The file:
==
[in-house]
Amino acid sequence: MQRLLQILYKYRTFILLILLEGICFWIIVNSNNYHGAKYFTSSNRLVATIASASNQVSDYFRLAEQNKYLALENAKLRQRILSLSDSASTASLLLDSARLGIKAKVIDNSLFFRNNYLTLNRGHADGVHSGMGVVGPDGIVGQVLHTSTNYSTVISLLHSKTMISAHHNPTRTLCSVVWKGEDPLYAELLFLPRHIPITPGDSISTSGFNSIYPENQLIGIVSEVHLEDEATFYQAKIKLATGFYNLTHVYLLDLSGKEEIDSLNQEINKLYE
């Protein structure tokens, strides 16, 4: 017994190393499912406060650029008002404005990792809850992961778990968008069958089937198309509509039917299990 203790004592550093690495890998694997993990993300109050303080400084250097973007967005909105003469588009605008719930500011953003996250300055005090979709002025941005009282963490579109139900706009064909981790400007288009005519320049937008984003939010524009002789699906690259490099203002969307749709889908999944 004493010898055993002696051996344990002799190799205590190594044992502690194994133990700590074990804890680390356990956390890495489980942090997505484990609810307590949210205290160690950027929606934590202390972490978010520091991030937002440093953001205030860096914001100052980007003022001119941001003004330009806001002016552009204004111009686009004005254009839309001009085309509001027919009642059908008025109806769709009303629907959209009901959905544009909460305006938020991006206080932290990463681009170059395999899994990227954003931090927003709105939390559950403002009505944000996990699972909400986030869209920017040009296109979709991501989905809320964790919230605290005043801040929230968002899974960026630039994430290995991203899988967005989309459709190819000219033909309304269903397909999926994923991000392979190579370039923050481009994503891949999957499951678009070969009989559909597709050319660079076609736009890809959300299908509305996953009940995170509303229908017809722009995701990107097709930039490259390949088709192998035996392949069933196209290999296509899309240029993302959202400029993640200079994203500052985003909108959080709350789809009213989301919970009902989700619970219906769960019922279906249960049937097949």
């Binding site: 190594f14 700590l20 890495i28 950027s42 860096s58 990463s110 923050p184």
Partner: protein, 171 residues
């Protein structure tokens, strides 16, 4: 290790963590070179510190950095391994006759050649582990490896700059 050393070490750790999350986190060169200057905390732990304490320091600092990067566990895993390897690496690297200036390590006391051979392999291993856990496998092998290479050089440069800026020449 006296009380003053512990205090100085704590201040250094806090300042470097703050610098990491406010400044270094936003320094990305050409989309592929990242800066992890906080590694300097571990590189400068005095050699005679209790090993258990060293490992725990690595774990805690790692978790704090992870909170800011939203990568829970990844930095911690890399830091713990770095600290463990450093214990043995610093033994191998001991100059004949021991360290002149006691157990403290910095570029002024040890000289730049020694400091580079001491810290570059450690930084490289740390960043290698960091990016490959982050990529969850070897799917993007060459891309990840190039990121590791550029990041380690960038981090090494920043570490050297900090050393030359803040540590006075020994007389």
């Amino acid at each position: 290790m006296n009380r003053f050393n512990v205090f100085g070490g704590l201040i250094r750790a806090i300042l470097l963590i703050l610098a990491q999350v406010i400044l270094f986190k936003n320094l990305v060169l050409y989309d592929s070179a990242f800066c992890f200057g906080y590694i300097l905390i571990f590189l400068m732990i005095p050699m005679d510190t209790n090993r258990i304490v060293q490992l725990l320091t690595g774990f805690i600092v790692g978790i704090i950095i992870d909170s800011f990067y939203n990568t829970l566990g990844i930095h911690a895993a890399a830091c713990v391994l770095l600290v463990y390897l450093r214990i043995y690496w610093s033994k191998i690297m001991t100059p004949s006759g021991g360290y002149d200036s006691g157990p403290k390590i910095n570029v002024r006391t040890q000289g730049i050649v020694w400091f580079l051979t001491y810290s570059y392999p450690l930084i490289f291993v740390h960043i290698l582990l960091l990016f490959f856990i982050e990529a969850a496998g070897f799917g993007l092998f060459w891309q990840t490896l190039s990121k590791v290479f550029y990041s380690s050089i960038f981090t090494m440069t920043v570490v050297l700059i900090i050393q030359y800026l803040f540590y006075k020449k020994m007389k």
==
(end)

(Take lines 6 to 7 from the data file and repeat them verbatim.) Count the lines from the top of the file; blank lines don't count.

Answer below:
């Protein structure tokens, strides 16, 4: 290790963590070179510190950095391994006759050649582990490896700059 050393070490750790999350986190060169200057905390732990304490320091600092990067566990895993390897690496690297200036390590006391051979392999291993856990496998092998290479050089440069800026020449 006296009380003053512990205090100085704590201040250094806090300042470097703050610098990491406010400044270094936003320094990305050409989309592929990242800066992890906080590694300097571990590189400068005095050699005679209790090993258990060293490992725990690595774990805690790692978790704090992870909170800011939203990568829970990844930095911690890399830091713990770095600290463990450093214990043995610093033994191998001991100059004949021991360290002149006691157990403290910095570029002024040890000289730049020694400091580079001491810290570059450690930084490289740390960043290698960091990016490959982050990529969850070897799917993007060459891309990840190039990121590791550029990041380690960038981090090494920043570490050297900090050393030359803040540590006075020994007389």
């Amino acid at each position: 290790m006296n009380r003053f050393n512990v205090f100085g070490g704590l201040i250094r750790a806090i300042l470097l963590i703050l610098a990491q999350v406010i400044l270094f986190k936003n320094l990305v060169l050409y989309d592929s070179a990242f800066c992890f200057g906080y590694i300097l905390i571990f590189l400068m732990i005095p050699m005679d510190t209790n090993r258990i304490v060293q490992l725990l320091t690595g774990f805690i600092v790692g978790i704090i950095i992870d909170s800011f990067y939203n990568t829970l566990g990844i930095h911690a895993a890399a830091c713990v391994l770095l600290v463990y390897l450093r214990i043995y690496w610093s033994k191998i690297m001991t100059p004949s006759g021991g360290y002149d200036s006691g157990p403290k390590i910095n570029v002024r006391t040890q000289g730049i050649v020694w400091f580079l051979t001491y810290s570059y392999p450690l930084i490289f291993v740390h960043i290698l582990l960091l990016f490959f856990i982050e990529a969850a496998g070897f799917g993007l092998f060459w891309q990840t490896l190039s990121k590791v290479f550029y990041s380690s050089i960038f981090t090494m440069t920043v570490v050297l700059i900090i050393q030359y800026l803040f540590y006075k020449k020994m007389k």